Standouts recognized at Medical Student Research Forum

Dr. David Johnson (left) congratulates oral presenters and the co-chairs for the 49th Annual Medical Student Research Forum recently in the McDermott Lecture Hall. On the front row are (from left) event co-chair Juhee Choi, Jia Wang, co-chair Anandita Agarwala, Sandeep Mehta  and Suzette Toombs. On the back row are Jacob Grange, Jay Coleman, Kathryn Bowman, Viswatej Avatu and Nikhil Narang.

By Lin Lofley / Feb. 19-28, 2011

Twenty-nine UT Southwestern students were recognized in the 49th Annual Medical Student Research Forum, held in January.

Invitations are issued annually for students to submit abstracts of their research for review. This year eight were selected from more than 90 participants for oral presentations. In the forum poster session, more than 60 students presented posters and eight were recognized with awards. The oral presenters and poster prize winners received certificates and cash awards.

Taking part in his first Medical Student Research Forum since becoming chairman of internal medicine, Dr. David Johnson spoke to the participants about the importance of having not just a mentor but the right mentor. “Good mentorship is priceless,” he said. “So choose wisely.”

The oral presenters, their topics and mentors were:

Viswatej Avutu, “Peptide H2009.1 Uptake by αvβ6 in Non-Small Cell Lung Cancer Cells.” Mentor: Dr. Kathlynn Brown, assistant professor of internal medicine

Kathryn Bowman, “Boosting of HIV-Specific CTL Responses Following Therapeutic Vaccination of HIV-Infected Individuals.” Mentors: Drs. Richard Koup and Joseph Casazza, National Institutes of Health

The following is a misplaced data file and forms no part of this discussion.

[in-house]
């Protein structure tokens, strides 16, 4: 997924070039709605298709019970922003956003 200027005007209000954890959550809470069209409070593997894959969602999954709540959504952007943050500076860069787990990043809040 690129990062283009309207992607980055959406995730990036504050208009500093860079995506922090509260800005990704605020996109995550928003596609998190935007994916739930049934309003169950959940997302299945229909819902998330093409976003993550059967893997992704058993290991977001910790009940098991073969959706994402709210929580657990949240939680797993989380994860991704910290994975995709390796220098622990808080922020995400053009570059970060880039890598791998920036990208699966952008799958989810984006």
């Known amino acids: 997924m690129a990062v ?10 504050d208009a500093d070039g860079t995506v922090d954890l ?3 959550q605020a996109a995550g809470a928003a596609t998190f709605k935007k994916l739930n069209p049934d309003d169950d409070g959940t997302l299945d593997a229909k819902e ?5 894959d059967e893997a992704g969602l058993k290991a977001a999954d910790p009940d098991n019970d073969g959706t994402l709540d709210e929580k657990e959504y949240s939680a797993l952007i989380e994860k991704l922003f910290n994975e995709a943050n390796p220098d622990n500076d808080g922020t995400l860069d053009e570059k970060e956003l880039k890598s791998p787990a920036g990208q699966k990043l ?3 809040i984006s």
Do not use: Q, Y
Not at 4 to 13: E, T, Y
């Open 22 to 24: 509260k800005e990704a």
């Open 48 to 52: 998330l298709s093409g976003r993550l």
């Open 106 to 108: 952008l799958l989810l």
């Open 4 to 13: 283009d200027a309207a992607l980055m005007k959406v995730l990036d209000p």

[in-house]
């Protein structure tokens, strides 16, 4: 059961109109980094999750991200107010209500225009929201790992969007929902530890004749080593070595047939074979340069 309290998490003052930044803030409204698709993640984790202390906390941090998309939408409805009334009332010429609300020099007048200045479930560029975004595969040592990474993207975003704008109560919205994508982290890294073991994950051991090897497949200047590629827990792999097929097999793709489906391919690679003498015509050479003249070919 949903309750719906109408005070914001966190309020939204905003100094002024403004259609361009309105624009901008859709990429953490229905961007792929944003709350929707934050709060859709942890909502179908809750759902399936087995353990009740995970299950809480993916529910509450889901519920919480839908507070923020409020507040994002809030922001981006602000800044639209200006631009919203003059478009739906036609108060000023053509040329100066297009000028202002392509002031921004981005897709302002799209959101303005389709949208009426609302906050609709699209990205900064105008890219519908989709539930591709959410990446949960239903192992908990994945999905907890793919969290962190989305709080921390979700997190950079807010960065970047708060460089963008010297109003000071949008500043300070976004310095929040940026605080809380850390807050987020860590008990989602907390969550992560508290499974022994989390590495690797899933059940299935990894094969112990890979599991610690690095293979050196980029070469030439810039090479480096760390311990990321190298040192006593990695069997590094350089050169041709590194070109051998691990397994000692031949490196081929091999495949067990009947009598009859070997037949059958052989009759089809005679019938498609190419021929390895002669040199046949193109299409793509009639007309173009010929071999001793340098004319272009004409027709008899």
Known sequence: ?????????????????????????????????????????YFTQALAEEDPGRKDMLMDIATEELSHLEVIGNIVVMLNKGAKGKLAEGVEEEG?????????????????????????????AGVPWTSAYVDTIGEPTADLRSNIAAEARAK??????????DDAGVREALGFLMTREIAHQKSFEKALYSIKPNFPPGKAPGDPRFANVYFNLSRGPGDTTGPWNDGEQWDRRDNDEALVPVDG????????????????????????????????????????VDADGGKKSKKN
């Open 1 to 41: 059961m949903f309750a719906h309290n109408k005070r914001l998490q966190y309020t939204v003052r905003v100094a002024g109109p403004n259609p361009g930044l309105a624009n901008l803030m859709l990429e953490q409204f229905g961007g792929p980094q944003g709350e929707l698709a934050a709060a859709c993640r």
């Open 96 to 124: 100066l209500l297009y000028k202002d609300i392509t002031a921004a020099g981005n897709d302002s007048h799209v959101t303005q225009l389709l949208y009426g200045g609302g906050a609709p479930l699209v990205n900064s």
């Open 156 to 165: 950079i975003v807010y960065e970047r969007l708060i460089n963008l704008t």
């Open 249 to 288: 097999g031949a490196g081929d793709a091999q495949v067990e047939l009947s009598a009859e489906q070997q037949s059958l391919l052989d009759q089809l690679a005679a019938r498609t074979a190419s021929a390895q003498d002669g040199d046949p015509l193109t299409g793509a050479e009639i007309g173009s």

Jay Coleman, “Myocyte Autophagy is Maladaptive in Doxorubicin-induced Cardiotoxicity.” Mentors: Dr. Thomas Gillette, assistant professor of internal medicine, and Dr. Joseph Hill, professor of internal medicine

Jacob Grange, “Regulation of Urine Calcium by Acid-Base and Magnesium.”

Mentor: Dr. Naim Maalouf

Sandeep Mehta, “AMPK Suppresses Autophagy in Redox-Stressed Cardiomyocytes.” Mentors: Dr. Andriy Nemchenko, postdoctoral researcher in internal medicine, and Dr. Hill

Nikhil Narang, Doris Duke Clinical Research Fellow, “Substantial Error in Estimation versus Measurement of Oxygen Consumption: Implications for Clinical Hemodynamic Assessment.” Mentor: Dr. Darren McGuire, associate professor of internal medicine

Suzette Toombs, “Prospective Validation of Prognostic Biomarker Panel for Bladder Cancer Management at Time of Transurethral Resection.” Mentor: Dr. Yair Lotan, associate professor of urology

Jia Wang, “Perioperative Continuation versus Interruption of Oral Hypoglycemic Agents in Type 2 Diabetic Patients Undergoing Ambulatory Surgery.” Mentor: Dr. Adebola Adesanya

Poster session awards went to:

Jules Bergmann, “Relationship Between Childhood Obesity, Maternal Weight Gain in Pregnancy and Fetal Growth.” Mentor: Dr. Charles Rosenfeld, professor of pediatrics

Stephanie Bezner, “Utility of Long-Term Neuroimaging in Patients With Cerebellar Pilocytic Astrocytomas.” Mentor: Dr. Laura Klesse, assistant professor of pediatrics

Kathryn Bowman, “Boosting of HIV-Specific CTL Responses Following Therapeutic Vaccination of HIV-Infected Individuals.” Mentor: Dr. Koup,

Matthew Campbell, “The Metabolic Profile of Early Zebrafish Development.” Mentor: Dr. James Amatruda, assistant professor of pediatrics

Megha Mehta, “What Parents of Overweight Children Want: A Qualitative Study of Parental Expectations Regarding Weight Management in Overweight Children.” Mentors: Dr. Christy Turer, instructor of pediatrics, and Dr. Glenn Flores, professor of pediatrics

Sandeep Mehta, “AMPK Suppresses Autophagy in Redox-Stressed Cardiomyocytes.” Mentors: Drs. Nemchenko and Hill

Khoan Vu, “Analysis of Vibrio parahaemolyticus Pathogenicity in a Germ-Free Mouse Model.” Mentor: Dr. Kim Orth, associate professor of molecular biology

Raj Gondalia, “Unloading-Induced Cardiac Atrophy: Role of Forkhead Transcription Factors.” Mentor: Dr. Hill.

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Dr. Johnson holds the Donald W. Seldin Distinguished Chair in Internal Medicine.